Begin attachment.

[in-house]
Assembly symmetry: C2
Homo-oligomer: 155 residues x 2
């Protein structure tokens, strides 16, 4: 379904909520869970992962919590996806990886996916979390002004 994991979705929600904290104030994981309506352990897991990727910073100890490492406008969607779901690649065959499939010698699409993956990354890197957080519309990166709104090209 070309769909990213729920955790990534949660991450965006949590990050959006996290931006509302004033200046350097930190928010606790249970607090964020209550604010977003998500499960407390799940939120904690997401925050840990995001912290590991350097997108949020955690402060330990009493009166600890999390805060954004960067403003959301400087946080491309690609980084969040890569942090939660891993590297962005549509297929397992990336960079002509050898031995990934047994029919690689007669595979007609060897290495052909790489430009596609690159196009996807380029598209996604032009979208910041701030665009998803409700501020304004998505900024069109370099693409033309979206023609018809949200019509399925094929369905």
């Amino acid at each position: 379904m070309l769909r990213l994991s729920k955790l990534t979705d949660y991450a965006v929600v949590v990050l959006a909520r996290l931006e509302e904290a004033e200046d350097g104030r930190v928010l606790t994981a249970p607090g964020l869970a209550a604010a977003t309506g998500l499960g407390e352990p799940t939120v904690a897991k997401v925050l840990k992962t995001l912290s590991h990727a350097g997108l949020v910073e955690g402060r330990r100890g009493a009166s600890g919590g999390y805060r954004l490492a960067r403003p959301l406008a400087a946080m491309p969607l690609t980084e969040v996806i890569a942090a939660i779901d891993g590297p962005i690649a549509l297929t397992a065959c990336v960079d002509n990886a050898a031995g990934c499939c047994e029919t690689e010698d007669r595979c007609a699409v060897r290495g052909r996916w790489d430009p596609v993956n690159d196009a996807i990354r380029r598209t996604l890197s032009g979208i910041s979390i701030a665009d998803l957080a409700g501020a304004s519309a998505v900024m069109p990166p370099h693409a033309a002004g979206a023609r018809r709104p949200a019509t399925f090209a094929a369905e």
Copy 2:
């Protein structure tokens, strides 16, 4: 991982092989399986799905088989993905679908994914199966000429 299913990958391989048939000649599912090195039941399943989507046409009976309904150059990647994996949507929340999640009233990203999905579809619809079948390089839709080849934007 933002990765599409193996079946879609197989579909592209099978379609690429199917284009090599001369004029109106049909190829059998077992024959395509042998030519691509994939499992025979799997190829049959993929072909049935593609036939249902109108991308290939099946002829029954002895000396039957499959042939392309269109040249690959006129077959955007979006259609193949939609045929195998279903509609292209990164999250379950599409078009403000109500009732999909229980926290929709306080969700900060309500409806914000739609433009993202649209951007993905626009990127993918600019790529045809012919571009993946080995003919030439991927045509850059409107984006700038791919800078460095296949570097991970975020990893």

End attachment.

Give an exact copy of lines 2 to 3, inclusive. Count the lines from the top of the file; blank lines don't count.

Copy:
Assembly symmetry: C2
Homo-oligomer: 155 residues x 2